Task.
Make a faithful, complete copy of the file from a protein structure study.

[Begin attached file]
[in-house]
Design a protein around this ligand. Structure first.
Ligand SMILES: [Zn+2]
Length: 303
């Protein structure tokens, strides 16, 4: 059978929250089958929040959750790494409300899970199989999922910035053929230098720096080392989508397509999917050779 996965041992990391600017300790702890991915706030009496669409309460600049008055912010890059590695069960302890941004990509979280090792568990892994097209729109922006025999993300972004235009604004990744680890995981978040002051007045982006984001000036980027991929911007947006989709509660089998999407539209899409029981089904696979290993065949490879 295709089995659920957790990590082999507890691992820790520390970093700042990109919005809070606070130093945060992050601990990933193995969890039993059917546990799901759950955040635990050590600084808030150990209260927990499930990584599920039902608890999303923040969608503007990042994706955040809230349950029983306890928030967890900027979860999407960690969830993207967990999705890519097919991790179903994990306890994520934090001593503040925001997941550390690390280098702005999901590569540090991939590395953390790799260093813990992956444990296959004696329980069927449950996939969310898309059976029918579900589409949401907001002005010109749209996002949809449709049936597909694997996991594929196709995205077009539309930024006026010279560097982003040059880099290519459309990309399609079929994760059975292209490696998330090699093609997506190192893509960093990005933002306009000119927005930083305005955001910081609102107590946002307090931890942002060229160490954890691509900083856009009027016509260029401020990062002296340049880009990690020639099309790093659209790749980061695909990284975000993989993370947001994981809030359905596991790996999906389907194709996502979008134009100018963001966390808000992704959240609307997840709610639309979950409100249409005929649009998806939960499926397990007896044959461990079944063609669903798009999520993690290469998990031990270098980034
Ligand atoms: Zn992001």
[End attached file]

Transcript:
[in-house]
Design a protein around this ligand. Structure first.
Ligand SMILES: [Zn+2]
Length: 303
């Protein structure tokens, strides 16, 4: 059978929250089958929040959750790494409300899970199989999922910035053929230098720096080392989508397509999917050779 996965041992990391600017300790702890991915706030009496669409309460600049008055912010890059590695069960302890941004990509979280090792568990892994097209729109922006025999993300972004235009604004990744680890995981978040002051007045982006984001000036980027991929911007947006989709509660089998999407539209899409029981089904696979290993065949490879 295709089995659920957790990590082999507890691992820790520390970093700042990109919005809070606070130093945060992050601990990933193995969890039993059917546990799901759950955040635990050590600084808030150990209260927990499930990584599920039902608890999303923040969608503007990042994706955040809230349950029983306890928030967890900027979860999407960690969830993207967990999705890519097919991790179903994990306890994520934090001593503040925001997941550390690390280098702005999901590569540090991939590395953390790799260093813990992956444990296959004696329980069927449950996939969310898309059976029918579900589409949401907001002005010109749209996002949809449709049936597909694997996991594929196709995205077009539309930024006026010279560097982003040059880099290519459309990309399609079929994760059975292209490696998330090699093609997506190192893509960093990005933002306009000119927005930083305005955001910081609102107590946002307090931890942002060229160490954890691509900083856009009027016509260029401020990062002296340049880009990690020639099309790093659209790749980061695909990284975000993989993370947001994981809030359905596991790996999906389907194709996502979008134009100018963001966390808000992704959240609307997840709610639309979950409100249409005929649009998806939960499926397990007896044959461990079944063609669903798009999520993690290469998990031990270098980034
Ligand atoms: Zn992001």